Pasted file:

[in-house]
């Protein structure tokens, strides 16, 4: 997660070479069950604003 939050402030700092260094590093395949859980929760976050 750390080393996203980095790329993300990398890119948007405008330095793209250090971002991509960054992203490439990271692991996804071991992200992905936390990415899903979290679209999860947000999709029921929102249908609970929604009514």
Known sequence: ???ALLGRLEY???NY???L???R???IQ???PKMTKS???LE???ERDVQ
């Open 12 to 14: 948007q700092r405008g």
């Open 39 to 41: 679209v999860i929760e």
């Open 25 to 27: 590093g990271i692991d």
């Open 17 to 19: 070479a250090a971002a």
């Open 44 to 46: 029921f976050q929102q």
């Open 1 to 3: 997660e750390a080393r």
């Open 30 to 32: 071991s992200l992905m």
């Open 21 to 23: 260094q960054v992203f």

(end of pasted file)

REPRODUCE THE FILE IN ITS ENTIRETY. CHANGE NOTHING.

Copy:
[in-house]
């Protein structure tokens, strides 16, 4: 997660070479069950604003 939050402030700092260094590093395949859980929760976050 750390080393996203980095790329993300990398890119948007405008330095793209250090971002991509960054992203490439990271692991996804071991992200992905936390990415899903979290679209999860947000999709029921929102249908609970929604009514």
Known sequence: ???ALLGRLEY???NY???L???R???IQ???PKMTKS???LE???ERDVQ
């Open 12 to 14: 948007q700092r405008g």
């Open 39 to 41: 679209v999860i929760e």
């Open 25 to 27: 590093g990271i692991d």
């Open 17 to 19: 070479a250090a971002a």
């Open 44 to 46: 029921f976050q929102q």
């Open 1 to 3: 997660e750390a080393r």
């Open 30 to 32: 071991s992200l992905m």
């Open 21 to 23: 260094q960054v992203f």